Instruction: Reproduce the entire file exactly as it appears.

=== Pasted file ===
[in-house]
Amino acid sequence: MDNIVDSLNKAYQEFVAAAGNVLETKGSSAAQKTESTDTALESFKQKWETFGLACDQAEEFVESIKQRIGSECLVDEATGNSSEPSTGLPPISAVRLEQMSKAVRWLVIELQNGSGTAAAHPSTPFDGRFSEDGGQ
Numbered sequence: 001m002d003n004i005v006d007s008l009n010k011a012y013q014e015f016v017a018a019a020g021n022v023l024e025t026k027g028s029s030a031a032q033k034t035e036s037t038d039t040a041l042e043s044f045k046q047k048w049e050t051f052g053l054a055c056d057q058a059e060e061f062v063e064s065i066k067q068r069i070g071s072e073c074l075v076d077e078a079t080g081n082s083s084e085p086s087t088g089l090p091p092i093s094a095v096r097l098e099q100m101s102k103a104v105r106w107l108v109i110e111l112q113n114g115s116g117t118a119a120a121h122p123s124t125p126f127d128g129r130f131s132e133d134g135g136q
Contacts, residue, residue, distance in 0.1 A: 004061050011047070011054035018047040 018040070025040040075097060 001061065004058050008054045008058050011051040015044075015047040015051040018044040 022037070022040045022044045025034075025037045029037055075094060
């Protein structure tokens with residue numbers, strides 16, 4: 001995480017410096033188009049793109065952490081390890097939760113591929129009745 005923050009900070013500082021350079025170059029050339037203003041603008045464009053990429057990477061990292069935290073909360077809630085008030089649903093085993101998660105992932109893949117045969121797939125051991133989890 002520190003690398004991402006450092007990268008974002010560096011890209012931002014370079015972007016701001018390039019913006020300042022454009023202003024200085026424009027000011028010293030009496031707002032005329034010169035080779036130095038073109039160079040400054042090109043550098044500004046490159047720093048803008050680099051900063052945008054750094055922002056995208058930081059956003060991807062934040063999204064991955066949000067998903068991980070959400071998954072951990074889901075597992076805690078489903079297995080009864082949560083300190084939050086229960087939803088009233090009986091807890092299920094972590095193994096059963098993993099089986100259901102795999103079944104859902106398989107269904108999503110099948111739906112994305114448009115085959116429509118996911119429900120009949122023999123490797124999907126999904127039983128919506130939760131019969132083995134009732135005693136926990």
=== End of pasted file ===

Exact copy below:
[in-house]
Amino acid sequence: MDNIVDSLNKAYQEFVAAAGNVLETKGSSAAQKTESTDTALESFKQKWETFGLACDQAEEFVESIKQRIGSECLVDEATGNSSEPSTGLPPISAVRLEQMSKAVRWLVIELQNGSGTAAAHPSTPFDGRFSEDGGQ
Numbered sequence: 001m002d003n004i005v006d007s008l009n010k011a012y013q014e015f016v017a018a019a020g021n022v023l024e025t026k027g028s029s030a031a032q033k034t035e036s037t038d039t040a041l042e043s044f045k046q047k048w049e050t051f052g053l054a055c056d057q058a059e060e061f062v063e064s065i066k067q068r069i070g071s072e073c074l075v076d077e078a079t080g081n082s083s084e085p086s087t088g089l090p091p092i093s094a095v096r097l098e099q100m101s102k103a104v105r106w107l108v109i110e111l112q113n114g115s116g117t118a119a120a121h122p123s124t125p126f127d128g129r130f131s132e133d134g135g136q
Contacts, residue, residue, distance in 0.1 A: 004061050011047070011054035018047040 018040070025040040075097060 001061065004058050008054045008058050011051040015044075015047040015051040018044040 022037070022040045022044045025034075025037045029037055075094060
């Protein structure tokens with residue numbers, strides 16, 4: 001995480017410096033188009049793109065952490081390890097939760113591929129009745 005923050009900070013500082021350079025170059029050339037203003041603008045464009053990429057990477061990292069935290073909360077809630085008030089649903093085993101998660105992932109893949117045969121797939125051991133989890 002520190003690398004991402006450092007990268008974002010560096011890209012931002014370079015972007016701001018390039019913006020300042022454009023202003024200085026424009027000011028010293030009496031707002032005329034010169035080779036130095038073109039160079040400054042090109043550098044500004046490159047720093048803008050680099051900063052945008054750094055922002056995208058930081059956003060991807062934040063999204064991955066949000067998903068991980070959400071998954072951990074889901075597992076805690078489903079297995080009864082949560083300190084939050086229960087939803088009233090009986091807890092299920094972590095193994096059963098993993099089986100259901102795999103079944104859902106398989107269904108999503110099948111739906112994305114448009115085959116429509118996911119429900120009949122023999123490797124999907126999904127039983128919506130939760131019969132083995134009732135005693136926990």